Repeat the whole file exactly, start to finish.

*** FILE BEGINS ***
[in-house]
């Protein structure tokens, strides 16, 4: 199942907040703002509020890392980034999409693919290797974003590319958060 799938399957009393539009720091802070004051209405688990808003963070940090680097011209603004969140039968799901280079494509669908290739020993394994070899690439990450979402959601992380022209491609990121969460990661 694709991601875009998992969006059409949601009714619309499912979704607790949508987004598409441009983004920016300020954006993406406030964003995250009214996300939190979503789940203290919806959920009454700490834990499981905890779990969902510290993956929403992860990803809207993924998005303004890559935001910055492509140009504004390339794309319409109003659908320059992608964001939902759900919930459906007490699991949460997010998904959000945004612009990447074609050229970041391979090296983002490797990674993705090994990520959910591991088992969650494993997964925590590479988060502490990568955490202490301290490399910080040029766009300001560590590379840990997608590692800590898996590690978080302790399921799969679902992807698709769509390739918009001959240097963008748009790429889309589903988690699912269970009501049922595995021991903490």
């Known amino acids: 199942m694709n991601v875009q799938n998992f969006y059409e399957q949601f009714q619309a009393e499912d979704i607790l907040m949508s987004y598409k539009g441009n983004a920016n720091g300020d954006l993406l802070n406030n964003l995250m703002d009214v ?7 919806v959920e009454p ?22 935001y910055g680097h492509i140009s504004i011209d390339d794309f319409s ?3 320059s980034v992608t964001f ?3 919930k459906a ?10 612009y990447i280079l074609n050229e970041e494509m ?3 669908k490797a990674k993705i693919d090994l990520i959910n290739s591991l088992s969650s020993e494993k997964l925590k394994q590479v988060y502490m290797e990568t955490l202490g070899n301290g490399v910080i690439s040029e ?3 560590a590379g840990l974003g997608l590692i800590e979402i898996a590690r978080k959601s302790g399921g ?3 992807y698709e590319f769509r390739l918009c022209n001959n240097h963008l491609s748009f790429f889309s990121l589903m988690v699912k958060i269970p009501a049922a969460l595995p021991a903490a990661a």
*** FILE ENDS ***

[in-house]
């Protein structure tokens, strides 16, 4: 199942907040703002509020890392980034999409693919290797974003590319958060 799938399957009393539009720091802070004051209405688990808003963070940090680097011209603004969140039968799901280079494509669908290739020993394994070899690439990450979402959601992380022209491609990121969460990661 694709991601875009998992969006059409949601009714619309499912979704607790949508987004598409441009983004920016300020954006993406406030964003995250009214996300939190979503789940203290919806959920009454700490834990499981905890779990969902510290993956929403992860990803809207993924998005303004890559935001910055492509140009504004390339794309319409109003659908320059992608964001939902759900919930459906007490699991949460997010998904959000945004612009990447074609050229970041391979090296983002490797990674993705090994990520959910591991088992969650494993997964925590590479988060502490990568955490202490301290490399910080040029766009300001560590590379840990997608590692800590898996590690978080302790399921799969679902992807698709769509390739918009001959240097963008748009790429889309589903988690699912269970009501049922595995021991903490």
């Known amino acids: 199942m694709n991601v875009q799938n998992f969006y059409e399957q949601f009714q619309a009393e499912d979704i607790l907040m949508s987004y598409k539009g441009n983004a920016n720091g300020d954006l993406l802070n406030n964003l995250m703002d009214v ?7 919806v959920e009454p ?22 935001y910055g680097h492509i140009s504004i011209d390339d794309f319409s ?3 320059s980034v992608t964001f ?3 919930k459906a ?10 612009y990447i280079l074609n050229e970041e494509m ?3 669908k490797a990674k993705i693919d090994l990520i959910n290739s591991l088992s969650s020993e494993k997964l925590k394994q590479v988060y502490m290797e990568t955490l202490g070899n301290g490399v910080i690439s040029e ?3 560590a590379g840990l974003g997608l590692i800590e979402i898996a590690r978080k959601s302790g399921g ?3 992807y698709e590319f769509r390739l918009c022209n001959n240097h963008l491609s748009f790429f889309s990121l589903m988690v699912k958060i269970p009501a049922a969460l595995p021991a903490a990661a």